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Article Title

The Labor Court Idea

Abstract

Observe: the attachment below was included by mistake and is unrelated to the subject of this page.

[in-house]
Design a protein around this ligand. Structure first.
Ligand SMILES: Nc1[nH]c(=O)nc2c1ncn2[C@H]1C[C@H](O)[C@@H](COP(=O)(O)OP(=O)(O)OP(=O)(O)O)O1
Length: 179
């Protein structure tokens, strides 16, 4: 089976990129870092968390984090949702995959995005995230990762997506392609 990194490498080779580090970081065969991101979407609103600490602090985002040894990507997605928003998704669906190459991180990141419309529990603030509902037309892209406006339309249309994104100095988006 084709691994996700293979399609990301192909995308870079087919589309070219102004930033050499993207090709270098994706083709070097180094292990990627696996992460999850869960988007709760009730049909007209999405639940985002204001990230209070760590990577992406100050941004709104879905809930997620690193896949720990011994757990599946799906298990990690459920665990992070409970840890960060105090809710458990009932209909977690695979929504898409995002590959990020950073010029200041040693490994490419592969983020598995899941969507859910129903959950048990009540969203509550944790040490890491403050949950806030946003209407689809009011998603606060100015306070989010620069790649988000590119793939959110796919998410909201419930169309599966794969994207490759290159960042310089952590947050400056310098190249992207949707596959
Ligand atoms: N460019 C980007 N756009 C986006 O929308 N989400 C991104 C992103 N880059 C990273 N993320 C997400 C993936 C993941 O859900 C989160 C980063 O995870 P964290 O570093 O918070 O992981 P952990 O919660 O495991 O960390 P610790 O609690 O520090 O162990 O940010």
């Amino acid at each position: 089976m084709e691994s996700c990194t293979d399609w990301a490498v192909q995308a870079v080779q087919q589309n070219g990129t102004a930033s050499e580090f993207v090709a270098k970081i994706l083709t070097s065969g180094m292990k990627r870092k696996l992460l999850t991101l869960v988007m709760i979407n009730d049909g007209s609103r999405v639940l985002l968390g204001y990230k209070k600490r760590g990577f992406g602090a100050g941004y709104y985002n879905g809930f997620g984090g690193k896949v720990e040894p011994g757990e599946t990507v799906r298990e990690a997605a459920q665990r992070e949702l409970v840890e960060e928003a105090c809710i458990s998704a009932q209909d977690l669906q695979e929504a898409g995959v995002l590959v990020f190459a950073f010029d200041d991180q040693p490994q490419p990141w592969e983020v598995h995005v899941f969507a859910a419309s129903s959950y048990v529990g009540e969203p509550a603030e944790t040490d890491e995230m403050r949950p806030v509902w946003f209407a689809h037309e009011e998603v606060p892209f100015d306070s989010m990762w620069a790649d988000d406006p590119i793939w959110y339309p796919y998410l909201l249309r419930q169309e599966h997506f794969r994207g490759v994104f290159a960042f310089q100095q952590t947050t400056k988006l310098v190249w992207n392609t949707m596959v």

When the War Labor Board first began to exert pressure on companies and unions to adopt grievance arbitration clauses during World War II, there was a considerable hesitance on both sides. Both groups worried that while third party decision making might momentarily improve productive efficiency, it would do so at the price of a long-run loss in institutional integrity and autonomy, and peace at any price held little fascination for either side. Nevertheless, grievance arbitration was accepted and gradually became the normal mechanism for resolving contractual disputes in the United States.

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